Sample preparation is a pivotal part of the integral LCMS bioanalysis, which has been heavily employed in the determination of drugs, drug metabolites, biomarkers, and other molecules of interest in various biological matrices (e.g. fluids or tissues) for decades. It has been playing an important role in a variety of human healthcare studies, ranging from drug discovery and development, therapeutic drug monitoring, to biomarker analysis. While highly sophisticated LC‐MS systems with better sensitivity and higher bioanalytical throughput have been continuously introduced, challenges that remain unchanged are the sample preparation prior to LC‐MS quantitation, for which data quality has direct impact on study conclusion.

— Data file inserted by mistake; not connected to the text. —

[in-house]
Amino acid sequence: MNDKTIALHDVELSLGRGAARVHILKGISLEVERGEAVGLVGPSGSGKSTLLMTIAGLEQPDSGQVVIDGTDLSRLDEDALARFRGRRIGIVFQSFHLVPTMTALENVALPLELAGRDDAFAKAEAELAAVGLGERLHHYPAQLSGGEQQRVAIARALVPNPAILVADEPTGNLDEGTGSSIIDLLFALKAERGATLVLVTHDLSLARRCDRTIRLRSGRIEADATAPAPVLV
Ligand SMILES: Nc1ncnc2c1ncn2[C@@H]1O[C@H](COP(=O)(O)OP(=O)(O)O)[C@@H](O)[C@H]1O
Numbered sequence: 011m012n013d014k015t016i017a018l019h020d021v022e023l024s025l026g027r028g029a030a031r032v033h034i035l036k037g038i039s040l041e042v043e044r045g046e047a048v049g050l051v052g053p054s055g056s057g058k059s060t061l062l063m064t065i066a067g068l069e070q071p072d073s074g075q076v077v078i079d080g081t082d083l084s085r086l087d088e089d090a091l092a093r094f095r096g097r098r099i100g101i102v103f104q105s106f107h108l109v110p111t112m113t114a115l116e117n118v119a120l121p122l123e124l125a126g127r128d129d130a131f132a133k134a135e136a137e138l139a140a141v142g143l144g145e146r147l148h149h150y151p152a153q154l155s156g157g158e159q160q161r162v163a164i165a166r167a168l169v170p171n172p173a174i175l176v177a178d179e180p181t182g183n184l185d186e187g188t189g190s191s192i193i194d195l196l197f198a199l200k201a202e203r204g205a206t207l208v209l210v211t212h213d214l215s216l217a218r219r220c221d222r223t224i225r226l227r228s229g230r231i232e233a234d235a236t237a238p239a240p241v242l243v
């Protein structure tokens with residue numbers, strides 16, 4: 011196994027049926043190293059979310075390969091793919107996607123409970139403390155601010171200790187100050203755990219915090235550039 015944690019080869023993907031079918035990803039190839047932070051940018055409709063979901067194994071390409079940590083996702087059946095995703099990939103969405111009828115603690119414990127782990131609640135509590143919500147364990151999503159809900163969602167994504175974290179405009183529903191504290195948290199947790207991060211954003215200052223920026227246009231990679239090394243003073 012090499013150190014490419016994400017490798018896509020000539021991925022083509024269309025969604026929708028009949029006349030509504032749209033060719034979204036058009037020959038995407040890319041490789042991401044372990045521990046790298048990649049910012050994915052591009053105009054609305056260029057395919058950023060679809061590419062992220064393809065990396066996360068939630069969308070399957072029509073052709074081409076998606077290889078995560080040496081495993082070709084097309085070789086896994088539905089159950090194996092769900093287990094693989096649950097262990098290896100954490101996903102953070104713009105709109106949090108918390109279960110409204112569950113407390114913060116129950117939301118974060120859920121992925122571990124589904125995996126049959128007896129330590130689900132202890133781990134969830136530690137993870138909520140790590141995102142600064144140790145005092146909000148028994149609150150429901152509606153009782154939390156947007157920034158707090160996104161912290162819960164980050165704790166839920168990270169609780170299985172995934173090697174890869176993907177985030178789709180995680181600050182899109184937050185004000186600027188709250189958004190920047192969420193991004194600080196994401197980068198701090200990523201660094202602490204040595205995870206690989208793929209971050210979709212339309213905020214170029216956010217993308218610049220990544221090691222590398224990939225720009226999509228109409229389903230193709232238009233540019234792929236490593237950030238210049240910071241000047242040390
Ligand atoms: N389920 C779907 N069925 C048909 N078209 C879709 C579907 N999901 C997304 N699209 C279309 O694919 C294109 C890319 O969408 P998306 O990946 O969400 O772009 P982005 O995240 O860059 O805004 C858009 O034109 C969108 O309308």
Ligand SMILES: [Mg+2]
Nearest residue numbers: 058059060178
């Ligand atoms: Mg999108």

The purpose of sample preparation is not only to make the analyte(s) of interest available in sample extracts at an appropriate concentration for MS detection but also to remove interfering matrix elements (e.g. phospholipids and salts) that, if not addressed properly, can alter MS response (e.g. signal suppression). In quantitative LCMS bioanalysis, clean sample extracts means: (i) better chromatography, (ii) lower limit of quantification, (iii) decreased assay variability (due to reduced matrix effects), (iv) less chance of false‐positive/negative results, (v) longer column lifetime, (vi) less instrument downtime, and (vii) minimized costs in manpower and equipment maintenance, etc. In practice, the best sample preparation strategies should always be considered, evaluated, and implemented whenever possible in developing a robust quantitative LC‐MS bioanalytical method